Presidential Colloquium Series

The Presidential Colloquium regularly features influential thought leaders in a wide range of fields—from poets and writers to economists and policy experts—to share their expertise, offer insights, and inspire discourse on key social, political and global topics that call for our attention. Come discover, learn, ask questions and engage in the conversation. Lectures are free and open to the public.

Past Events

Lawrence Lessig

Lawrence Lessig

Equal Citizens

Wednesday, April 20, 2016, 5 p.m.
Weinstein Auditorium, Wright Hall

Lawrence Lessig is the Roy L. Furman Professor of Law at Harvard Law School and Director of the Edmond J. Safra Center for Ethics at Harvard University. Prior to rejoining the Harvard faculty, Lessig was a professor at Stanford Law School, where he founded the school’s Center for Internet and Society, and at the University of Chicago. He is a member of the American Academy of Arts and Sciences and the American Philosophical Association. His awards include the Free Software Foundation’s Freedom Award, Fastcase 50 Award and being named one of Scientific American’s Top 50 Visionaries.

Maria Klawe

Maria Klawe

Getting More Women Into Tech Careers

Tuesday, April 12, 2016, 5 p.m.
Alumnae House Conference Hall

Maria Klawe is the president of Harvey Mudd College. She joined Harvey Mudd from Princeton University after serving 14 years at the University of British Columbia. Prior to UBC, Klawe spent eight years with IBM Research in California and two years at the University of Toronto. Part of the Clark Science Center’s “She Is a Scientist” series and co-sponsored by the Lazarus Center for Career Development.

danah boyd

danah boyd

Living in a Culture of Algorithms

Wednesday, March 30, 2016, 5 p.m.
Weinstein Auditorium, Wright Hall

Social media scholar danah boyd is a principal researcher at Microsoft Research and the founder of the Data & Society Research Institute. She is a visiting professor at New York University’s Interactive Telecommunications Program and a faculty affiliate at Harvard’s Berkman Center. Her research examines the intersection between technology and society.

Steinem

Gloria Steinem

Monday, March 28, 2016, 5 p.m.
John M. Greene Hall

Gloria Steinem, Smith class of 1956, is a feminist, journalist, and social and political activist. She has been a leader and a voice for the feminist movement since the 1960s. Through her writing, speeches and activism, she has inspired generations of women and men to look at the world differently, change the rules and right society’s wrongs. A founder of Ms. magazine, she is the author of several books, including Revolution From Within (1992) and My Life on the Road (2015).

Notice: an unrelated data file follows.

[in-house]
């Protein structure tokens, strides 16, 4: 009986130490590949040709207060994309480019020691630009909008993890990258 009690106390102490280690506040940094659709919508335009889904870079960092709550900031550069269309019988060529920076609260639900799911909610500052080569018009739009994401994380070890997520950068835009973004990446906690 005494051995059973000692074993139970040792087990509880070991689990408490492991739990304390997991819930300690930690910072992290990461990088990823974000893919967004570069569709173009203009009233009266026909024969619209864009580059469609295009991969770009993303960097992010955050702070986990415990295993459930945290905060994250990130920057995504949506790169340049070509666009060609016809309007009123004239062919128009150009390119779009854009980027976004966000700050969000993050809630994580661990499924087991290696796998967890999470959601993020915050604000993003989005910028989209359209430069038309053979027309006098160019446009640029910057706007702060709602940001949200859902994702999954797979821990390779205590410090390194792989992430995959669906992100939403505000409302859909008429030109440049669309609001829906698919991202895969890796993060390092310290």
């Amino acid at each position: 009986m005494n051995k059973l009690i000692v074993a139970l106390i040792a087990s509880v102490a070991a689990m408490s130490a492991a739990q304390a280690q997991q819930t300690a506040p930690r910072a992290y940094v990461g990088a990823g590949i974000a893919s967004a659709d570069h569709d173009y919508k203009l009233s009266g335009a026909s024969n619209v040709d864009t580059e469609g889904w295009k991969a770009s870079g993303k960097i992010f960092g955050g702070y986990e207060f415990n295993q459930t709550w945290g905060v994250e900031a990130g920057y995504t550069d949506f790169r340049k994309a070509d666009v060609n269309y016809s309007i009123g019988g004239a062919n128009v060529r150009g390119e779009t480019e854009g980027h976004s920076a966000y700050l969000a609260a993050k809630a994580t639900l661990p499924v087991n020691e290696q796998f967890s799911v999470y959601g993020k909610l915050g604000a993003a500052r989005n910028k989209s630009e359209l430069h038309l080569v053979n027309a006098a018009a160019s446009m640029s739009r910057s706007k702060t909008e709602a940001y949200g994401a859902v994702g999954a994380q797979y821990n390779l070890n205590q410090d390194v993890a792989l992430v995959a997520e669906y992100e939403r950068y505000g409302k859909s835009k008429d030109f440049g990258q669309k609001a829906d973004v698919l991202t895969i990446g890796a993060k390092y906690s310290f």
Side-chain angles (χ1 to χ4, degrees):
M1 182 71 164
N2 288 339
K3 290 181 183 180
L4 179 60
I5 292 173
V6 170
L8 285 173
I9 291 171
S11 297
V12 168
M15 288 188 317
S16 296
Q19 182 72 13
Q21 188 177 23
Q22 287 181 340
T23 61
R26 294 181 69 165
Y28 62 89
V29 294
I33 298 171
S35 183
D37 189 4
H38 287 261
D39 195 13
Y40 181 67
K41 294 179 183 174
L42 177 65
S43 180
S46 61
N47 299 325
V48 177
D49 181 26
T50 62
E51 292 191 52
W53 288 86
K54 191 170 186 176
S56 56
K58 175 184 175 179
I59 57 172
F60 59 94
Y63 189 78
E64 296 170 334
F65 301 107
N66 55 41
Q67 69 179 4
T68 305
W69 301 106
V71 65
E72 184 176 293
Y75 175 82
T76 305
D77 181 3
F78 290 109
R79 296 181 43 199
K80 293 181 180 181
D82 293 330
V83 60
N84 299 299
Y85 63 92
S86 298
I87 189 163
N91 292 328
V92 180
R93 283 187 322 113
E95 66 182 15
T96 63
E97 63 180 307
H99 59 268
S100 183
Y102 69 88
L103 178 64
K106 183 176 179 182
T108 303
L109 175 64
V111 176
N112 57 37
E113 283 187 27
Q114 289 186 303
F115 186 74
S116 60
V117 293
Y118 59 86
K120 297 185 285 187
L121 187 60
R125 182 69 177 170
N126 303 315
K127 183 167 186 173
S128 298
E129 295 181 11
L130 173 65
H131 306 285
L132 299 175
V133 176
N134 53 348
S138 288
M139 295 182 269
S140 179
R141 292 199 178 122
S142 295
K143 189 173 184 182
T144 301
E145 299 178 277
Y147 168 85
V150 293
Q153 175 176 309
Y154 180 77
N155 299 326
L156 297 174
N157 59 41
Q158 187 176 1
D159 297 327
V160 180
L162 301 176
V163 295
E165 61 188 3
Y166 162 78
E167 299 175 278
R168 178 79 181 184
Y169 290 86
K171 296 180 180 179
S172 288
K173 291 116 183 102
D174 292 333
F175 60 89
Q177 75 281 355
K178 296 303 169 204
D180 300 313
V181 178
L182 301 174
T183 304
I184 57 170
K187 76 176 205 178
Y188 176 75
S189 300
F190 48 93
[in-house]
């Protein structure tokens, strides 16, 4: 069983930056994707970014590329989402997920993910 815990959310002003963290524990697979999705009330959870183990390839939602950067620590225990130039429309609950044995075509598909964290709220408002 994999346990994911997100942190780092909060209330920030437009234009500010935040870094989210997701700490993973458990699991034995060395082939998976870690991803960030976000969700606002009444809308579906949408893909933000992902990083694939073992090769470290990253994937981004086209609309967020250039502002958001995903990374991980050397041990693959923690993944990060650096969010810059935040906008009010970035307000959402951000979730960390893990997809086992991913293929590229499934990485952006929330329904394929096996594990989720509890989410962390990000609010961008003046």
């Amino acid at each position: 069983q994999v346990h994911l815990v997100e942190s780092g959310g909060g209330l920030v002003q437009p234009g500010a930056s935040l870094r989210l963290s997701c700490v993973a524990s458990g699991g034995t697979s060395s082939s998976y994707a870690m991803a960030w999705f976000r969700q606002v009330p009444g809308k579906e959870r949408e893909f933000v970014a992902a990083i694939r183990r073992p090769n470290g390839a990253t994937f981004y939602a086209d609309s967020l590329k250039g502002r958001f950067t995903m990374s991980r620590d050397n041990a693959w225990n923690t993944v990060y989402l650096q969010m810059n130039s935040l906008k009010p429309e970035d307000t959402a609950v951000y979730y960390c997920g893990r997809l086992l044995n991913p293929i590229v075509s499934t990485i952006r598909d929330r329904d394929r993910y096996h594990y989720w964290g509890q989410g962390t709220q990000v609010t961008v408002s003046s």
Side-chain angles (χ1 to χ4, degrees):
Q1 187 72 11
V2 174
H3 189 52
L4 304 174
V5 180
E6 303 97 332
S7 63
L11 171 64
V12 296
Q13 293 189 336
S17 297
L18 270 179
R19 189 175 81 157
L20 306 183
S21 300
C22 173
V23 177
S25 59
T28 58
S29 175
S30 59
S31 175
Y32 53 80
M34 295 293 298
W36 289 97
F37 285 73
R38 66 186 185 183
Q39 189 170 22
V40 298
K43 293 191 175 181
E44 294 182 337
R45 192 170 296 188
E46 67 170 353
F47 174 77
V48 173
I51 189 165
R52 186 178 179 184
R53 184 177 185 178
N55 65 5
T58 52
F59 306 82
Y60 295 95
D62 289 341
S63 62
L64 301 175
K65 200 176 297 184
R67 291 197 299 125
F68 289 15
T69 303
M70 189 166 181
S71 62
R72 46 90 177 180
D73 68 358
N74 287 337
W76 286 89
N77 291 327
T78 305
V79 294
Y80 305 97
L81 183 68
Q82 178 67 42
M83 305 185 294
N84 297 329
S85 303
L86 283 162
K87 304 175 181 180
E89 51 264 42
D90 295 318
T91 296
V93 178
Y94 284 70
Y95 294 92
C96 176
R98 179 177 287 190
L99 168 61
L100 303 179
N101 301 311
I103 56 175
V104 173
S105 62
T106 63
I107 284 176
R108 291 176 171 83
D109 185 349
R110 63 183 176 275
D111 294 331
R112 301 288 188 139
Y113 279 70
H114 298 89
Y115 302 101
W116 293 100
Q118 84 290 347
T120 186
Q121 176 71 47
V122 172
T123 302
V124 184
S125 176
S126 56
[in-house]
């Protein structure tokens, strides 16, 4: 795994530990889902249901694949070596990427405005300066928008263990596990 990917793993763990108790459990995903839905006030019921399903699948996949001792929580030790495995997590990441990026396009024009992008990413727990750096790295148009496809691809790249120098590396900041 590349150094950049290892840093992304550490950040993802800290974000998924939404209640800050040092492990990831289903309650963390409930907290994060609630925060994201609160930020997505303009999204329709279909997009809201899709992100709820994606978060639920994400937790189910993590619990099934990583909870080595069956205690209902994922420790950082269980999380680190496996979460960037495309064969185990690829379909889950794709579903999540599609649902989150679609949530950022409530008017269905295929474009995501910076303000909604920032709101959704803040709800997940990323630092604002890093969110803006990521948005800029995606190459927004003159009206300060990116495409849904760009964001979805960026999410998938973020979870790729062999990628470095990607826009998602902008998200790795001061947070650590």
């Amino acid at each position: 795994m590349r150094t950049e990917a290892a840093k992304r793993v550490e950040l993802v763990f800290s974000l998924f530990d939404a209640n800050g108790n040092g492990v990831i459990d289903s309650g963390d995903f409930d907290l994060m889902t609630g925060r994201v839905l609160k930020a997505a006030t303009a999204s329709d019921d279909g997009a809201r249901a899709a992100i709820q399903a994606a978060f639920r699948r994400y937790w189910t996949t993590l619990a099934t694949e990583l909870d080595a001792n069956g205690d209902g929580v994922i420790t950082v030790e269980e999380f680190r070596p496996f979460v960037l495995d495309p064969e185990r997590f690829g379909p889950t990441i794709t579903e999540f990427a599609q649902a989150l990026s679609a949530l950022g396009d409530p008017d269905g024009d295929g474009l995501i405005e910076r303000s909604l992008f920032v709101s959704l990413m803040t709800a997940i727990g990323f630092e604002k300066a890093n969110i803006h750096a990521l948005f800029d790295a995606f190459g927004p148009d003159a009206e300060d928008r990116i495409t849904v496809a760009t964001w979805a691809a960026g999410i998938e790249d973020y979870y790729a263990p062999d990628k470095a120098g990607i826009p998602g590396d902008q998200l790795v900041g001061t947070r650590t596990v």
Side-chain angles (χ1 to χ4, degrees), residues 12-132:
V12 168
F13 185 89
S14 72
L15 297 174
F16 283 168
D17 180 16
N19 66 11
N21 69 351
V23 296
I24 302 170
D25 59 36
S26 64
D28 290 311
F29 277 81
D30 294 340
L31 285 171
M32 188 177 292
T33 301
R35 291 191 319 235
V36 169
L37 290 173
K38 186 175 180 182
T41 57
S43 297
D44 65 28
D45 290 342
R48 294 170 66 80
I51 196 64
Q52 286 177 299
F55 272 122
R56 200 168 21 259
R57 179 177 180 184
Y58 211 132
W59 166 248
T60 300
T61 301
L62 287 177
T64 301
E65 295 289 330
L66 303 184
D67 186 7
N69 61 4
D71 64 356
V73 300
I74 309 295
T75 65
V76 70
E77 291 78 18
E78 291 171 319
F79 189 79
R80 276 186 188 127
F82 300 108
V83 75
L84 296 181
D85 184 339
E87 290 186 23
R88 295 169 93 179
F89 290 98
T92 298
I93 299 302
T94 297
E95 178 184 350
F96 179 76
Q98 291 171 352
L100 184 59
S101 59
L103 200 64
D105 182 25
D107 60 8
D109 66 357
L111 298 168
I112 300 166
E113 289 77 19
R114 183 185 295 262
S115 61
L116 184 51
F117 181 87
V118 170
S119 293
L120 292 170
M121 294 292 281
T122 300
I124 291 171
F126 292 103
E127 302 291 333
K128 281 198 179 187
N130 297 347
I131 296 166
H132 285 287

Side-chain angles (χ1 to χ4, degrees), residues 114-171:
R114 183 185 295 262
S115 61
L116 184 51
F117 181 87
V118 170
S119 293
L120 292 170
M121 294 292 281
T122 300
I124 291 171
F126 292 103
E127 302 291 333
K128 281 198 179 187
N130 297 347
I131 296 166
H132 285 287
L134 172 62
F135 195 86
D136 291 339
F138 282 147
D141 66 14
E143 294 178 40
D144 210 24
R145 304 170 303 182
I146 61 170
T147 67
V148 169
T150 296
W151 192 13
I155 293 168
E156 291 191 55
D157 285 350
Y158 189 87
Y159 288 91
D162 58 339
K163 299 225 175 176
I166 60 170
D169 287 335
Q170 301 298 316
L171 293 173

Imani Perry

Imani Perry

Which Feminism Do We Choose?

Tuesday, March 1, 2016, 5 p.m.
Weinstein Auditorium, Wright Hall

Imani Perry is the Hughes-Rogers Professor of African American Studies and a faculty associate in the Program in Law and Public Affairs at Princeton University. An interdisciplinary scholar who studies race and African American culture, she is the author of More Beautiful and More Terrible: The Embrace and Transcendence of Racial Inequality in the United States and Prophets of the Hood: Politics and Poetics in Hip Hop.

Frank Bruni

Frank Bruni

Where You Go Is Not Who You’ll Be

Tuesday, October 20, 2015, 5 p.m.
Weinstein Auditorium, Wright Hall

Journalist Frank Bruni is a former White House correspondent and chief restaurant critic for The New York Times. In June 2011, he was named an op-ed columnist for the newspaper. He is the author of two bestselling books: Born Round, a memoir about his family's love of food and his own struggles with overeating, and Ambling Into History, about George W. Bush. His new book is Where You Go Is Not Who You’ll Be: An Antidote to the College Admission Mania.

Frank Bruni

Linda Greenhouse

What the Supreme Court’s Same-Sex Marriage Decision Teaches Us About the Constitution

Friday, September 18, 2015, 1 p.m.
Alumnae House Conference Hall

Linda Greenhouse, a senior research scholar and journalist in residence at Yale Law School, covered the Supreme Court for The New York Times between 1978 and 2008. She was awarded the Pulitzer Prize in Journalism in 1998 “for her consistently illuminating coverage of the United States Supreme Court.” She now writes a biweekly column on law.

Jennifer Finney Boylan

Jennifer Finney Boylan

She’s Not There: A Life in Two Genders

Thursday, April 30, 2015, 4:30 p.m.
John M. Greene Hall

Jennifer Finney Boylan, professor of English at Barnard College and New York Times contributing writer, is the author of the memoir She’s Not There: A Life in Two Genders, the first bestseller by a transgender American.

Jeffrey Sachs

Jeffrey Sachs

The Age of Sustainable Development

Wednesday, April 8, 2015, 4:30 p.m.
Weinstein Auditorium, Wright Hall

Economist Jeffrey Sachs is director of The Earth Institute, Quetelet Professor of Sustainable Development, and Professor of Health Policy and Management at Columbia University. He is known for his work on the challenges of economic development, environmental sustainability, poverty alleviation, debt cancellation and globalization.

Claudia Rankine

Claudia Rankine

February 23, 2015
Sweeney Concert Hall, Sage Hall

View photos from the event

Claudia Rankine is the author of Citizen: An American Lyric (2014). A nominee for the National Book Award in poetry, Citizen is described by BookForum as “an anatomy of American racism in the new millennium, a slender, musical book that arrives with the force of a thunderclap.”

Larry Summers

Larry Summers

The American Economic Growth Challenge

Monday, March 31, 2014
Weinstein Auditorium, Wright Hall

President Emeritus and Charles W. Eliot University Professor, Harvard University; Board Chair of the Center for Global Development; Secretary of the Treasury (1999–2001); Director of the National Economic Council (2009–10)